Now, not only does he have another chance to get to the postseason with the Tigers, he also has the potential to play a big role in their hopes.
"I feel very good," he said. "I'm so happy to make the team. I just want to continue to do my job like I've been doing the whole spring. I just want to keep the ball down and keep working hard."
His job, of course, is going to be a little bigger than anyone envisioned. After coming into camp looking to be a complementary figure behind Fernando Rodney, Bautista will get the first crack at filling in for Rodney as the eighth-inning setup man.
It's the kind of role he has had the stuff to fill for some time. The difference this spring is that he has thrown the pitches he has with enough consistency to rack up outs.
"I have no idea how that's going to play out," manager Jim Leyland said Wednesday. "I don't know if he'll throw it in the ocean. The stuff is there to get hitters from both sides out. He's got an excellent curveball, an excellent slider and a very good fastball. That's three plus pitches. It's just a matter of his command and throwing to spots. If he can do that, at some point, he could be a closer for somebody, I suppose."
Part of it, too, is a matter of confidence. The way Bautista's been pitching, though, confidence no longer seems to be a question.
All spring, Bautista didn't want to talk about his chances of making the team. All he wanted to think about was throwing strikes, and let the Tigers take care of the rest. When Leyland told him earlier this week that he had made the team, he took that as a sign of the Tigers' confidence in him.
"Leyland told me I'm going to be on the team," Bautista said. "And I told him that I promise I'm going to give you 100 percent all the time when I go out to the mound. That's all. I just have to continue to do the same thing.
"I feel good because now I know that they trust me. They can put me in the game whenever they want to. I'll be ready for anything."
With the exception of an outing at Disney World and a meeting between his fastball and Travis Hafner's bat last weekend, Bautista has had an answer for everything the Tigers have thrown at him. He had a run of 10 consecutive scoreless innings this spring before the Braves put up two hits and an earned run on him last Thursday.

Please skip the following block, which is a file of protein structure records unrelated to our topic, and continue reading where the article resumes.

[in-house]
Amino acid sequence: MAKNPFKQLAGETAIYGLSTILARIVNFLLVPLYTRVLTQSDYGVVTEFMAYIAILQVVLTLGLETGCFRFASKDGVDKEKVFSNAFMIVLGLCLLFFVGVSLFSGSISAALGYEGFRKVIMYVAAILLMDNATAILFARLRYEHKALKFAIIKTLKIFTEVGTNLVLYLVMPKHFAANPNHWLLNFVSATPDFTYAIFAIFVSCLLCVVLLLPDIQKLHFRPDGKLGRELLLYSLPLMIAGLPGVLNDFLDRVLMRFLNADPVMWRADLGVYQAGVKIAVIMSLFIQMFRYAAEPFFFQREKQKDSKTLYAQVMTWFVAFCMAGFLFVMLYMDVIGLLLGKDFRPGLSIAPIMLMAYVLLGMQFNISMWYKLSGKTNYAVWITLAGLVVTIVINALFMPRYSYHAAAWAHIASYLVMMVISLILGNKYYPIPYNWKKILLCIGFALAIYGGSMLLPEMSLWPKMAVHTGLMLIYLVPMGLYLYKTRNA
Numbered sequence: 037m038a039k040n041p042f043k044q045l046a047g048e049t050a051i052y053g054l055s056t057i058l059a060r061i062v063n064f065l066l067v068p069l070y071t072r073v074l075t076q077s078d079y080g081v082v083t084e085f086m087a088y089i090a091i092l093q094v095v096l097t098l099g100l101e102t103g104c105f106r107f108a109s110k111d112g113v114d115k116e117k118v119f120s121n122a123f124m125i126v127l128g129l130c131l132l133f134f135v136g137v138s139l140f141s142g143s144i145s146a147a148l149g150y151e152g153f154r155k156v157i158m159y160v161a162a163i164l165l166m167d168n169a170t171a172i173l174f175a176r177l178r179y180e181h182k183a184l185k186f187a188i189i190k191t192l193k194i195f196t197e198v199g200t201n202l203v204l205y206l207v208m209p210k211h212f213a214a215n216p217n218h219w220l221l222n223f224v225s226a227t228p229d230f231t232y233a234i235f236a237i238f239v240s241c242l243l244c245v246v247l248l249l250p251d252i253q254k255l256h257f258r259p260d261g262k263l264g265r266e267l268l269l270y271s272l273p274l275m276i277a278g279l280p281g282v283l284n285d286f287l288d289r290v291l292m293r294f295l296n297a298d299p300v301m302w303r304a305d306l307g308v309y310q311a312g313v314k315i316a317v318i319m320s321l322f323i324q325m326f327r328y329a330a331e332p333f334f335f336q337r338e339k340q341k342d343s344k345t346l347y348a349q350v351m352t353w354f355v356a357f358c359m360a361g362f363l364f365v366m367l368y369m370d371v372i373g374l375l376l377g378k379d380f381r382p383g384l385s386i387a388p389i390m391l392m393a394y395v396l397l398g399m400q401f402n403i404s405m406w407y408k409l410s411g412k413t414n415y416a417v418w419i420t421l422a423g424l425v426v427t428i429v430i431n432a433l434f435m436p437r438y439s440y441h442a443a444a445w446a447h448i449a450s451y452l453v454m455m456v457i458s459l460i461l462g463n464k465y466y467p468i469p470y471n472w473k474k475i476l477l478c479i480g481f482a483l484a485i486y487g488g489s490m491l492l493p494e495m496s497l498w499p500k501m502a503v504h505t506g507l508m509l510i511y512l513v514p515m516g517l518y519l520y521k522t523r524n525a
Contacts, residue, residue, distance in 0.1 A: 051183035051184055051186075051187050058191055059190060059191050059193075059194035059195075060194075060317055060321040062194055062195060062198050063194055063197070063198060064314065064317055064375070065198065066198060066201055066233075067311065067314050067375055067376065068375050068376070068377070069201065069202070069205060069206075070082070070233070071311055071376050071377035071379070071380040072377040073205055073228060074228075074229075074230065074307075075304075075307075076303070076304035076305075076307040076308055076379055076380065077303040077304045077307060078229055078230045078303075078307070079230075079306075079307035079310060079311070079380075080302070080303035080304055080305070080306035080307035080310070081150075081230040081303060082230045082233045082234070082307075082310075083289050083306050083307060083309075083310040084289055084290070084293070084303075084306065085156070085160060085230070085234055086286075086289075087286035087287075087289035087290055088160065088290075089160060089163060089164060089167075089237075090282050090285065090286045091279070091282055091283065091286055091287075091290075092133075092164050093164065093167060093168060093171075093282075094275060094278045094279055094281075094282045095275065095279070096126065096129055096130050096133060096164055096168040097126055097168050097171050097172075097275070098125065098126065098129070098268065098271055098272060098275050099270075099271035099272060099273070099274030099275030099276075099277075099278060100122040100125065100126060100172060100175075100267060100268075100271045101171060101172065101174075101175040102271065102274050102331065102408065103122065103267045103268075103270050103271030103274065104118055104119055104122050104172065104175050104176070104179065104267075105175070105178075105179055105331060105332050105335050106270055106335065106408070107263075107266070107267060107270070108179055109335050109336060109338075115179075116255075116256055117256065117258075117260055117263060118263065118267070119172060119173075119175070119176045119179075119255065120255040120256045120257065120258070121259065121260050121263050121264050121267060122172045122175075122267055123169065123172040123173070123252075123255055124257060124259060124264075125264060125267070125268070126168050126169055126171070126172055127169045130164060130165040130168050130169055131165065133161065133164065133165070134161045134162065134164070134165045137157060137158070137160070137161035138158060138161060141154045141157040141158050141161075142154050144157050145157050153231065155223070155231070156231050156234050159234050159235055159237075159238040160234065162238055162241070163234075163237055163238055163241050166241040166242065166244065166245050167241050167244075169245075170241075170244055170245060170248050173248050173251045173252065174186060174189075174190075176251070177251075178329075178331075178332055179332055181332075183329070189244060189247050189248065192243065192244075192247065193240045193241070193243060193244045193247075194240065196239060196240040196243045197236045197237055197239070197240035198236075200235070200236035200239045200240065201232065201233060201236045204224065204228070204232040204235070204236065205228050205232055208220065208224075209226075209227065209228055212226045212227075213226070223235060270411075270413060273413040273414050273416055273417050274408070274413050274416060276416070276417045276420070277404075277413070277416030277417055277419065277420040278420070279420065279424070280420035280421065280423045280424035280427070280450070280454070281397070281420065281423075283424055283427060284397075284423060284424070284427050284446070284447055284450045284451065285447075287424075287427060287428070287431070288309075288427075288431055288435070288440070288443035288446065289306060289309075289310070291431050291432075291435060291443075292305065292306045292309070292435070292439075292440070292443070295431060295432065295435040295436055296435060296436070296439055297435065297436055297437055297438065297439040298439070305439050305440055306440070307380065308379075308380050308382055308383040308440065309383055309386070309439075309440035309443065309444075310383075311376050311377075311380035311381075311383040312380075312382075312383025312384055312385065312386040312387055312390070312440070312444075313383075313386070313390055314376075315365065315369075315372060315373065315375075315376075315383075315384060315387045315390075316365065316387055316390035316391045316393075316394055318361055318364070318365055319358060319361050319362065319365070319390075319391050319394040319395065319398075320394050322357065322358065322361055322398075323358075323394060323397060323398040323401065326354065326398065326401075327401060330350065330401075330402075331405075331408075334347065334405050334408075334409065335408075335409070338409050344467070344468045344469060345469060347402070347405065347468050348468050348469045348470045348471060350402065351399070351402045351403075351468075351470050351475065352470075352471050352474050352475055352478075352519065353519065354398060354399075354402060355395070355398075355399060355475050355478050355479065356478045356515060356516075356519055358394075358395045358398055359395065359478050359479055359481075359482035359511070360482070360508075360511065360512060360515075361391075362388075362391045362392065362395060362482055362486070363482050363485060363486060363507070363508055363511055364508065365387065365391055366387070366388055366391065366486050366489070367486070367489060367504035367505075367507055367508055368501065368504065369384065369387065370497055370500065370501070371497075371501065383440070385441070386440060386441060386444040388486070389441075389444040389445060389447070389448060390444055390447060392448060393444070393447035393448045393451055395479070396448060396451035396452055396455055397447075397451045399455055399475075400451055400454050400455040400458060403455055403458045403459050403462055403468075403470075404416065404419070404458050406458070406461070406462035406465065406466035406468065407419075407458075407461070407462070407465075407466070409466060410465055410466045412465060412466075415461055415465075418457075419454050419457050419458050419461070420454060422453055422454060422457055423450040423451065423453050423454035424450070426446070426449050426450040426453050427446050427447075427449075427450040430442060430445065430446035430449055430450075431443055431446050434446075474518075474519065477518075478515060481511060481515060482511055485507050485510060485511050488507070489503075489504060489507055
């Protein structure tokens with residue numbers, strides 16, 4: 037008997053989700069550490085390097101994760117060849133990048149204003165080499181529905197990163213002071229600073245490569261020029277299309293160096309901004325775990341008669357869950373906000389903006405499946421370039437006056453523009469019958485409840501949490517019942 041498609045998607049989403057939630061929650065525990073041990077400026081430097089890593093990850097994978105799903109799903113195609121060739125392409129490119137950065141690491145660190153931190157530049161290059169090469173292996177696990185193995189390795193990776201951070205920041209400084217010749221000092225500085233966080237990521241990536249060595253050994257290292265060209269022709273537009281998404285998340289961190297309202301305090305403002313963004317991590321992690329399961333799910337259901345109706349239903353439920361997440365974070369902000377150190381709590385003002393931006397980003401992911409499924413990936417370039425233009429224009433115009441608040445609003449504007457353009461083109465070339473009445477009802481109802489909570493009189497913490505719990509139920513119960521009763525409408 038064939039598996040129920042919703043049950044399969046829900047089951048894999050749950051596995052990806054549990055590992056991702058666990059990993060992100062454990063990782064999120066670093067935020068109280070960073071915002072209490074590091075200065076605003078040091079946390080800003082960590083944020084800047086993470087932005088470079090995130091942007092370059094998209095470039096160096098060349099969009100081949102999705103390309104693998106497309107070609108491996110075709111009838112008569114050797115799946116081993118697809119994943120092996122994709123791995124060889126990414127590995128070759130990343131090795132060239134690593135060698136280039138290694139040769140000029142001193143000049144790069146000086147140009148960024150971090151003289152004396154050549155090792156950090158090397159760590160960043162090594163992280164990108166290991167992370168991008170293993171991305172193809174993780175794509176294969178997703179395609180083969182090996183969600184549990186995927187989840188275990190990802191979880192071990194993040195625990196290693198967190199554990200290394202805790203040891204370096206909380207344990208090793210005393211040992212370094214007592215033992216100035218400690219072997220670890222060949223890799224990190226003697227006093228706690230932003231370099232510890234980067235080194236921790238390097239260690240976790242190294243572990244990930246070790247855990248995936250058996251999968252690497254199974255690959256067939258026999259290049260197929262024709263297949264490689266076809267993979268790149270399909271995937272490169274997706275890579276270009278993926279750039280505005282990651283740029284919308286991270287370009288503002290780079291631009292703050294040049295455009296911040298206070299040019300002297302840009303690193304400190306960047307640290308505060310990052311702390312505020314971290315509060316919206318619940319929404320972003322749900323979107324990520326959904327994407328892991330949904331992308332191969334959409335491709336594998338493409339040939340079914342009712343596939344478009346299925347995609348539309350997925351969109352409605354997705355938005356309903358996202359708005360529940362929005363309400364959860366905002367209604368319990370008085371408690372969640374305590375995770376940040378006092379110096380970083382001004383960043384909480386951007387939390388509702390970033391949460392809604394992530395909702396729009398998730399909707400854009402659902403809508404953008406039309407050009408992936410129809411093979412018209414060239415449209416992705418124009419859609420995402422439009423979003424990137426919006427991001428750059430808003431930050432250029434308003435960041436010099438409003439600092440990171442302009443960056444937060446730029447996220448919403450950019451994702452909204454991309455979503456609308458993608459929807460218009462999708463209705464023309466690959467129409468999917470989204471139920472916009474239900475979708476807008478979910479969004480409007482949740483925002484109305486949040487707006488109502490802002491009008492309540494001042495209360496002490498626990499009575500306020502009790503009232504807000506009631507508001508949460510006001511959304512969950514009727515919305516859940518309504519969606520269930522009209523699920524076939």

Even so, he still finished with stellar numbers -- two earned runs on 10 hits over 12 2/3 innings, with 12 strikeouts. He walked three, but none in 6 2/3 innings over six appearances after March 8.
That is the key, not only to his fortunes, but most likely the Tigers' fate in the later innings. If he can locate his fastball and force hitters to go after his slider and breaking ball, he'll make them earn their way on base, and he'll be able to bridge the gap -- not only between the starters and closer Todd Jones, but the gap before Rodney and eventually Joel Zumaya are ready to come back and assume their roles.
He believes he can do it. As he heads into his third Opening Day in the big leagues, he's surprisingly calm.
"My first two years when I made the [Royals in 2005 and '06], I was nervous from the start," Bautista said. "Now I feel like I'm just easy and relaxed. It's the same baseball, the one that I play in the Dominican Republic. Just go after hitters and throw my fastball."
It has helped, too, he believes, that he has a good team around him. He was a roommate of Miguel Cabrera's and a friend of Dontrelle Willis' and Nate Robertson's in the Marlins' Minor League system, and he knows several of Detroit's players from the Dominican Republic. He has meshed in well since they've all come together.
He thinks that talent can mesh on the field as well. He just wants to be a part of it.
"If everything goes right, I think we're going to the World Series," he said. "We have a very good lineup, and then we've got a great pitching staff. If we put those things together with everybody, yeah, I think we're going to make it.
"I feel happy to be part of the Detroit Tigers team. I feel great."
Jason Beck is a reporter for MLB.com. This story was not subject to the approval of Major League Baseball or its clubs.